IRA Q&A

Traditional IRAs - The Retirement Plan for Everyone


Today, more than ever before, one of the greatest challenges facing American workers is assuring their financial security in retirement. With uncertainty over the adequacy of Social Security to meet the needs of future retirees, Americans now and in the future will be forced to rely more heavily on their own resources to support their retirement lifestyle.

At the same time, the world of employer-based pensions is changing, too. Much less common today is the employer-sponsored defined benefit plan, the kind of plan that assures former employees of a dependable income throughout their retirement years. The pension world is changing to one in which employees must make the decision to save for retirement. And, even when an employer plan is available, employees may be required to make most or all of the contributions.

How can I begin to save for retirement?

Individual retirement accounts—IRAs—are one of the most viable answers to the question of how to assure a secure retirement.

Traditional IRAs offer:

  • Independence, and can be opened and funded without any employer participation;
  • Immediate tax benefits, with contributions and/or earnings tax-deferred until retirement;
  • Accessibility, with funds always available, something not generally true of employer plans; and
  • Flexibility, because there is no minimum contribution in any year, and you choose your own investments and financial organization.

Who can contribute, and how much?


The requirements for contributing to a traditional IRA are few. You can contribute if:

  • You are under age 70½; and
  • You have earned income from employment.

You can contribute up to:

  • A maximum of $5,000 for 2010; and
  • An additional catch-up contribution of $1,000 for 2010 if you are age 50 or older.

(If eligible, your spouse may be able to contribute the amounts listed above to his or her traditional IRA as well.)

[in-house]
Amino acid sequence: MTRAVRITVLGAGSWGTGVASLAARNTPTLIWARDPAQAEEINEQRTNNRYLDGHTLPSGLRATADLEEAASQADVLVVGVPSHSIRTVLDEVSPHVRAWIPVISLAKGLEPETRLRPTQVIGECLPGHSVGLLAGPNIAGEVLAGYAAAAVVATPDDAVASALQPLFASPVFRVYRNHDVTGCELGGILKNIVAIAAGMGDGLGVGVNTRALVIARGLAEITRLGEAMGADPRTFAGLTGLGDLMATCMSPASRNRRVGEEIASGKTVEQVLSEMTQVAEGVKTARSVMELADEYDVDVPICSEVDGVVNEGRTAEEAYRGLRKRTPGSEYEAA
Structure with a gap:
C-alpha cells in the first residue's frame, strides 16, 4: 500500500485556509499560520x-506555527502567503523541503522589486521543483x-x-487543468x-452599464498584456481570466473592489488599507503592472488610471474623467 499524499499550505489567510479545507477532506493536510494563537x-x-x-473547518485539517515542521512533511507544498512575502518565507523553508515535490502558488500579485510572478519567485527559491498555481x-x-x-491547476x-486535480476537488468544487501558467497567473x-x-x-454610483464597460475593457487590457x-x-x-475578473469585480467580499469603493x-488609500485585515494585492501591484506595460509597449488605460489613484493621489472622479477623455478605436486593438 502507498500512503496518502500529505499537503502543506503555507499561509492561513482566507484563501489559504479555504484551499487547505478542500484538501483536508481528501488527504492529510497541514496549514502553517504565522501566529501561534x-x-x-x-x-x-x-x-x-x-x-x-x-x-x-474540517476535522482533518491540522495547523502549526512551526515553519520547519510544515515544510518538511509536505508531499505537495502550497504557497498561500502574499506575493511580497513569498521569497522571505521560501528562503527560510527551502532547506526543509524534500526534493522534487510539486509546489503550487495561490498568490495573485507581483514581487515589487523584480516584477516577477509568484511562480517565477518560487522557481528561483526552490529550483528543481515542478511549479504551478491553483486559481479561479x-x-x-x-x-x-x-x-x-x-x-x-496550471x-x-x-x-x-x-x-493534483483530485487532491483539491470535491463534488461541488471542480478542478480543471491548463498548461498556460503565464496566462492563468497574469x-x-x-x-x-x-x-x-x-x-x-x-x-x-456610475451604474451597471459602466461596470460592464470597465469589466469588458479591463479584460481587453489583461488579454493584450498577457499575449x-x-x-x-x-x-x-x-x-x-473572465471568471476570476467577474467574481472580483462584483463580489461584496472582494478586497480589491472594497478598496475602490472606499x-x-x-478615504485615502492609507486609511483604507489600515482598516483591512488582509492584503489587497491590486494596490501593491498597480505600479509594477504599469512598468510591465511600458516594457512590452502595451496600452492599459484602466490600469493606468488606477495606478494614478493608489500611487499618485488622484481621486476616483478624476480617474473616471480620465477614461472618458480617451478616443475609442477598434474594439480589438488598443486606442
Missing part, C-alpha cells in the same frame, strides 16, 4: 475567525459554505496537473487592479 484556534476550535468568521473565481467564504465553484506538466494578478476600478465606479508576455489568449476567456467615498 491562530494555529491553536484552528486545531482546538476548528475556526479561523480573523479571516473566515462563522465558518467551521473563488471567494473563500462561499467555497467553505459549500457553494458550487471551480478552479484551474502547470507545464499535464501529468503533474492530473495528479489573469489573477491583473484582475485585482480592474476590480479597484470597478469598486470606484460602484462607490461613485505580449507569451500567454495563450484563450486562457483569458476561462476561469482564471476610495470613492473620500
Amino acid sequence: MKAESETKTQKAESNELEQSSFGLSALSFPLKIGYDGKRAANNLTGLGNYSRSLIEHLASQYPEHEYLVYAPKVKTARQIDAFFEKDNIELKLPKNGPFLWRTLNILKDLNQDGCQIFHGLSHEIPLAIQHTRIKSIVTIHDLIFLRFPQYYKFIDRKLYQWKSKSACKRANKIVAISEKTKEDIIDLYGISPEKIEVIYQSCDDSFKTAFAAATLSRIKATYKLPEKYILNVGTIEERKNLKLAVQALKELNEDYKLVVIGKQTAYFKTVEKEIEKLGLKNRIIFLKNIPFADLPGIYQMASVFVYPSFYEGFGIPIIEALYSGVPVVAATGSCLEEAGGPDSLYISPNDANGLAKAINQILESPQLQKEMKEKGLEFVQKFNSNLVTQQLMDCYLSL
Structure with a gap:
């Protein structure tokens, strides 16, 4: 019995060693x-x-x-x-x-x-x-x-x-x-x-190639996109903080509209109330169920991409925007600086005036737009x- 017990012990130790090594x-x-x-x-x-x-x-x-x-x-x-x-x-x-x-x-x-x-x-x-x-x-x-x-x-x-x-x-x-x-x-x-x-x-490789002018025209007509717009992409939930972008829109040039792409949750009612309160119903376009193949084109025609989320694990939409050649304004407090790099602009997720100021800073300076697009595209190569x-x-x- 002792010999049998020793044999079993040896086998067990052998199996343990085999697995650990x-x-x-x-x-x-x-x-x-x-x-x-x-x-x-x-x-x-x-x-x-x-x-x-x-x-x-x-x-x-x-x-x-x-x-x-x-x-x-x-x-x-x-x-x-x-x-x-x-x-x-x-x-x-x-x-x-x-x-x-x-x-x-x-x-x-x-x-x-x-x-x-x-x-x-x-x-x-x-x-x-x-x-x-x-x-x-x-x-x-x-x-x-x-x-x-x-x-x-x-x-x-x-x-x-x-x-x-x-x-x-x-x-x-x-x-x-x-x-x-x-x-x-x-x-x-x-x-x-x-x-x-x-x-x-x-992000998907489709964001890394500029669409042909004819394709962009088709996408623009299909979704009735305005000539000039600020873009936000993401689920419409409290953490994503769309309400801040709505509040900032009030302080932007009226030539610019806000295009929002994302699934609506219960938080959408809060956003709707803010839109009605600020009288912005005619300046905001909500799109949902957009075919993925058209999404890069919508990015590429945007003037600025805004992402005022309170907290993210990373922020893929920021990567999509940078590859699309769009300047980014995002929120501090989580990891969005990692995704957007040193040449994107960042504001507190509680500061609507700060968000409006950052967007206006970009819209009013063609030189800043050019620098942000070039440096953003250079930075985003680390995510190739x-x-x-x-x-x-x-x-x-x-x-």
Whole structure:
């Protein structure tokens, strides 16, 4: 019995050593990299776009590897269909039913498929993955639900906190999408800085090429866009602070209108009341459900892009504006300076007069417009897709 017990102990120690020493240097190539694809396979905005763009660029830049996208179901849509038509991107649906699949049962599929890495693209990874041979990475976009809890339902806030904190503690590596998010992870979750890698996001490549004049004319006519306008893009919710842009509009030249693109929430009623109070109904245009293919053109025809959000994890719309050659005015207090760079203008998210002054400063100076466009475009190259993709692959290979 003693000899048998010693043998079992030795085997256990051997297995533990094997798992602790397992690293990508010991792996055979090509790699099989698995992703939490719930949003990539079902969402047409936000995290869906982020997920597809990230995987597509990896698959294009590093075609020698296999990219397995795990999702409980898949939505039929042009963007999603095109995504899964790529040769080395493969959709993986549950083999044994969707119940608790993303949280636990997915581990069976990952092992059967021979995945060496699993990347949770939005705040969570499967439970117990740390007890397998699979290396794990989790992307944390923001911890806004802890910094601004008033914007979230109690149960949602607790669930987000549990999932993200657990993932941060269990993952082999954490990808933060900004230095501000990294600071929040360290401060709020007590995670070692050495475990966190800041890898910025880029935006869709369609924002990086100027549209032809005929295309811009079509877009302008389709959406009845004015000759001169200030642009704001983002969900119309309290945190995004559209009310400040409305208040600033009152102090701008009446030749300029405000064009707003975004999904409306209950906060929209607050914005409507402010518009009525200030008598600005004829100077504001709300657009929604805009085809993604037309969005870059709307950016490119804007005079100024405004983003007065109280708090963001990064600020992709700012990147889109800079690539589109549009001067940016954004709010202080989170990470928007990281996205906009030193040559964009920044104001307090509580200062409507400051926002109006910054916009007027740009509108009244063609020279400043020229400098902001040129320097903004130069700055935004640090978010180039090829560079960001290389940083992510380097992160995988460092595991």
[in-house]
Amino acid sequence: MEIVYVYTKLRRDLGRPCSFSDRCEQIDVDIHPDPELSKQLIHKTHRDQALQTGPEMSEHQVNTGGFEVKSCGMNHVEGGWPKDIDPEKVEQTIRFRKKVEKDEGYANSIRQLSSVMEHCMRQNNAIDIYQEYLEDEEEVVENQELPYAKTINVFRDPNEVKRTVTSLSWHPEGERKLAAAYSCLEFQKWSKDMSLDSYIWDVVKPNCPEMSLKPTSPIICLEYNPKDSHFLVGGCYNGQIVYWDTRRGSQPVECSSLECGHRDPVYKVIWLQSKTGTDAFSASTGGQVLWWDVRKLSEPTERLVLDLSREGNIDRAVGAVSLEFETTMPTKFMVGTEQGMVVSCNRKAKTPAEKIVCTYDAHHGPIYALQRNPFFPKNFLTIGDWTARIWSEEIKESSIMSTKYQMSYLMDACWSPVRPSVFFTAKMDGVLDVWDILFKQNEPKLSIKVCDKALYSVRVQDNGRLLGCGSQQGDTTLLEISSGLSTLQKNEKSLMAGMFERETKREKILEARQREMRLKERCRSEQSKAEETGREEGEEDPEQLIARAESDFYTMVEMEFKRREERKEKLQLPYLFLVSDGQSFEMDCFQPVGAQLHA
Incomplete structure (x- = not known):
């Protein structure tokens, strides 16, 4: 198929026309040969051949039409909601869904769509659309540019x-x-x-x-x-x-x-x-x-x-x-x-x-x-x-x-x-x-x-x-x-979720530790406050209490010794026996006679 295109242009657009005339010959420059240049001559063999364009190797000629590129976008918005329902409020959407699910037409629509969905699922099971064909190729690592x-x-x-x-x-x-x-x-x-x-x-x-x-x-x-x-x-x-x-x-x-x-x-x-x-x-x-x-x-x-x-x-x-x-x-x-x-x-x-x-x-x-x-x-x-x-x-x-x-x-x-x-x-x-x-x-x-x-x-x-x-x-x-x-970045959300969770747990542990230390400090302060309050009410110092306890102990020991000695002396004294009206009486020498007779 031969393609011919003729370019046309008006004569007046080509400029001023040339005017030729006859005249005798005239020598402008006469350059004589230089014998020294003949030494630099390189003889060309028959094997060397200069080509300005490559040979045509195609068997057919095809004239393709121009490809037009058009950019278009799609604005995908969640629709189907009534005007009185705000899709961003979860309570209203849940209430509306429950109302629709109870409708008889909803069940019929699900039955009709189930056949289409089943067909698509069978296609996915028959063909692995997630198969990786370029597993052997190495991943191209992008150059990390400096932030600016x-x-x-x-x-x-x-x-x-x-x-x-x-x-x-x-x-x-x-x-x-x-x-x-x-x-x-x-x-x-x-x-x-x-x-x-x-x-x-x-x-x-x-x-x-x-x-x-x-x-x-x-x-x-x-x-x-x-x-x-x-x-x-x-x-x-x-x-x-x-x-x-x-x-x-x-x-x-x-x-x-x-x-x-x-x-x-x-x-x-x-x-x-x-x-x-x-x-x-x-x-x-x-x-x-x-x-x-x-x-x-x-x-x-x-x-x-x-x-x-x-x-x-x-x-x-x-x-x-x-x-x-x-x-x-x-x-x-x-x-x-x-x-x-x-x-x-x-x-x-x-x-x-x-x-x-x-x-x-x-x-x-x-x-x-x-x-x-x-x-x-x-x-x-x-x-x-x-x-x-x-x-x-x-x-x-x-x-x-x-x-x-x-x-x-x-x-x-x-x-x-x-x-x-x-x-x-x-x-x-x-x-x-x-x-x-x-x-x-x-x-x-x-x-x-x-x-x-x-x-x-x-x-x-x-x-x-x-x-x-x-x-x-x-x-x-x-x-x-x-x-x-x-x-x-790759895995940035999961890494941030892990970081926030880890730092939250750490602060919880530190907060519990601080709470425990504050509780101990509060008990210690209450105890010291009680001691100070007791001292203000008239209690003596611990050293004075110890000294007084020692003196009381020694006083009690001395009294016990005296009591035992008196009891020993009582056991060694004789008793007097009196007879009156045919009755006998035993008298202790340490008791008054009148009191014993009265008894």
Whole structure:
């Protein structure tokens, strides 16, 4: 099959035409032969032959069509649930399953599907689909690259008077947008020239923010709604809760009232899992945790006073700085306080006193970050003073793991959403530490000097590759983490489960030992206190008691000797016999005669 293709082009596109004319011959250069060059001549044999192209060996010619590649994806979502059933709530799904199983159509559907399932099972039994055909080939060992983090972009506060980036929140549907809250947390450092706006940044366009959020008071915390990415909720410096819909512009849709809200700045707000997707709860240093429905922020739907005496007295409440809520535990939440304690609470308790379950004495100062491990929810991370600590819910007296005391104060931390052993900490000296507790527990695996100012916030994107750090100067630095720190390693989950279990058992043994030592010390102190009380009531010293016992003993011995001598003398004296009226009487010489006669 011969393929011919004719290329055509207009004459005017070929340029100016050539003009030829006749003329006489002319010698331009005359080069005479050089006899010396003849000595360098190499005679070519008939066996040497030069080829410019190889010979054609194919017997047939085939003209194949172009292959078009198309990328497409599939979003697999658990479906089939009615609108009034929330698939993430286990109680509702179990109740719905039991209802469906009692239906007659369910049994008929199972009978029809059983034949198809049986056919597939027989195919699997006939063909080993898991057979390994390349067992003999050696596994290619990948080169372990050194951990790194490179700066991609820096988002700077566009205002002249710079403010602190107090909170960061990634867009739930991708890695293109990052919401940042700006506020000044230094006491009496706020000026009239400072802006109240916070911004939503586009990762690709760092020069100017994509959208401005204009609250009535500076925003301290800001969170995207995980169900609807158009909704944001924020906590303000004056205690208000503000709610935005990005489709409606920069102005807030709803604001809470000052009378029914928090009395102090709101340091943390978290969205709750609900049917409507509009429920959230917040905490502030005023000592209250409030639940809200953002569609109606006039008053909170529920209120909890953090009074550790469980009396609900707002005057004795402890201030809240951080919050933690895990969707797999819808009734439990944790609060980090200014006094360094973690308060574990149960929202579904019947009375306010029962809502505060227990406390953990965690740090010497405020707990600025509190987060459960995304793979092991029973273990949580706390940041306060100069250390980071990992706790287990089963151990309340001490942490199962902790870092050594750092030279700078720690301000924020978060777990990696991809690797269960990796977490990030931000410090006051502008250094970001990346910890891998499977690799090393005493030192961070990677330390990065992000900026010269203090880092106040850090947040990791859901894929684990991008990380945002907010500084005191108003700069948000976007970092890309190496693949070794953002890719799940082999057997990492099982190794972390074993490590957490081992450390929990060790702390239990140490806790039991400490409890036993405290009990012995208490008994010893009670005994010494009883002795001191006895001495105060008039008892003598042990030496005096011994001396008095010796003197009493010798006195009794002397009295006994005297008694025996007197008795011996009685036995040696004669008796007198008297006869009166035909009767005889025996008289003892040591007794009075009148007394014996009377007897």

Are all Traditional IRA contributions tax deductible?


One of the immediate benefits of contributing to a traditional IRA is the tax deduction many receive on their income taxes. Traditional IRA contributors receive a 100 percent deduction on their annual contribution if:

  • They are not an active participant under an employer's retirement plan; or (if they are)
  • During 2010, earn between $89,000 and $109,000 if married and filing jointly, or between $56,000 and $66,000 if filing singly.

For those who are participants in an employer-sponsored retirement plan, traditional IRA deductibility is gradually phased out above these income levels.

Should I contribute if I can't take a deduction?


Yes! There are significant benefits to making a traditional IRA contribution even if it is not currently tax deductible. A nondeductible contribution:

  • Grows tax-deferred, with earnings sheltered from taxation until withdrawn;
  • Has already been taxed, and will not be taxed again; and
  • Whether deductible or nondeductible—is a step closer to a secure retirement.

Quite simply, no taxable, non-IRA investment of the same type will generate nearly the same earnings over a lifetime of saving as nondeductible traditional IRA contributions will. (The Roth IRA may be even more beneficial.)

Am I eligible to take a tax credit for my IRA contributions?

If you are an eligible individual and fall within certain income limitations, you may be eligible for a tax credit of up to 50 percent of your retirement savings contributions that do not exceed $2,000. An eligible individual is defined as someone who is:

  • At least 18 years of age as of the close of the taxable year;
  • Not eligible to be claimed a dependent of another taxpayer; and